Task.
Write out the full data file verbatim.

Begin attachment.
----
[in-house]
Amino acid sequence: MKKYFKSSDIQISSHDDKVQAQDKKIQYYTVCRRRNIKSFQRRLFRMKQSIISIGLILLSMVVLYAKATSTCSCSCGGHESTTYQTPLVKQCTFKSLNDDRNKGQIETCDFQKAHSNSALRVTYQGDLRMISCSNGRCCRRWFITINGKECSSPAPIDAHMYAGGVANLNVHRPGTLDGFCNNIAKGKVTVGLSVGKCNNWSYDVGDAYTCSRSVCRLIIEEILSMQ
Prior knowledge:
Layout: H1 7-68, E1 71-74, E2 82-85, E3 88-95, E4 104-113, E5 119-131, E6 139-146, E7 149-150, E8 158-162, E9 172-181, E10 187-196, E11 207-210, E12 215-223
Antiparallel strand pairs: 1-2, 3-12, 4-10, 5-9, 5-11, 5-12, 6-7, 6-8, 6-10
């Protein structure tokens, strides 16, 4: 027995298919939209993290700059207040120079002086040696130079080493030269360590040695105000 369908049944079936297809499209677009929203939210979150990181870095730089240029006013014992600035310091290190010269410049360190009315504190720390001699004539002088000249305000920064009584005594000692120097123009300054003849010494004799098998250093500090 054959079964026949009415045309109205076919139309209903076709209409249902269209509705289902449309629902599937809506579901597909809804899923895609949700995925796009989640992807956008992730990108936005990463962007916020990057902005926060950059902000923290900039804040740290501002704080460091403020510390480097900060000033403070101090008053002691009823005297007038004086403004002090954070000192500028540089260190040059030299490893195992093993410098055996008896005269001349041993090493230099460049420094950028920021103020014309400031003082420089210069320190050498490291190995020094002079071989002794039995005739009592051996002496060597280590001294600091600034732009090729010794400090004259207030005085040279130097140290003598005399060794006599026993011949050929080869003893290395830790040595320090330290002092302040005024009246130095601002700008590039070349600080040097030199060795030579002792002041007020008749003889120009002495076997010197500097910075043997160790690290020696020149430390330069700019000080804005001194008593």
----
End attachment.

[in-house]
Amino acid sequence: MKKYFKSSDIQISSHDDKVQAQDKKIQYYTVCRRRNIKSFQRRLFRMKQSIISIGLILLSMVVLYAKATSTCSCSCGGHESTTYQTPLVKQCTFKSLNDDRNKGQIETCDFQKAHSNSALRVTYQGDLRMISCSNGRCCRRWFITINGKECSSPAPIDAHMYAGGVANLNVHRPGTLDGFCNNIAKGKVTVGLSVGKCNNWSYDVGDAYTCSRSVCRLIIEEILSMQ
Prior knowledge:
Layout: H1 7-68, E1 71-74, E2 82-85, E3 88-95, E4 104-113, E5 119-131, E6 139-146, E7 149-150, E8 158-162, E9 172-181, E10 187-196, E11 207-210, E12 215-223
Antiparallel strand pairs: 1-2, 3-12, 4-10, 5-9, 5-11, 5-12, 6-7, 6-8, 6-10
């Protein structure tokens, strides 16, 4: 027995298919939209993290700059207040120079002086040696130079080493030269360590040695105000 369908049944079936297809499209677009929203939210979150990181870095730089240029006013014992600035310091290190010269410049360190009315504190720390001699004539002088000249305000920064009584005594000692120097123009300054003849010494004799098998250093500090 054959079964026949009415045309109205076919139309209903076709209409249902269209509705289902449309629902599937809506579901597909809804899923895609949700995925796009989640992807956008992730990108936005990463962007916020990057902005926060950059902000923290900039804040740290501002704080460091403020510390480097900060000033403070101090008053002691009823005297007038004086403004002090954070000192500028540089260190040059030299490893195992093993410098055996008896005269001349041993090493230099460049420094950028920021103020014309400031003082420089210069320190050498490291190995020094002079071989002794039995005739009592051996002496060597280590001294600091600034732009090729010794400090004259207030005085040279130097140290003598005399060794006599026993011949050929080869003893290395830790040595320090330290002092302040005024009246130095601002700008590039070349600080040097030199060795030579002792002041007020008749003889120009002495076997010197500097910075043997160790690290020696020149430390330069700019000080804005001194008593």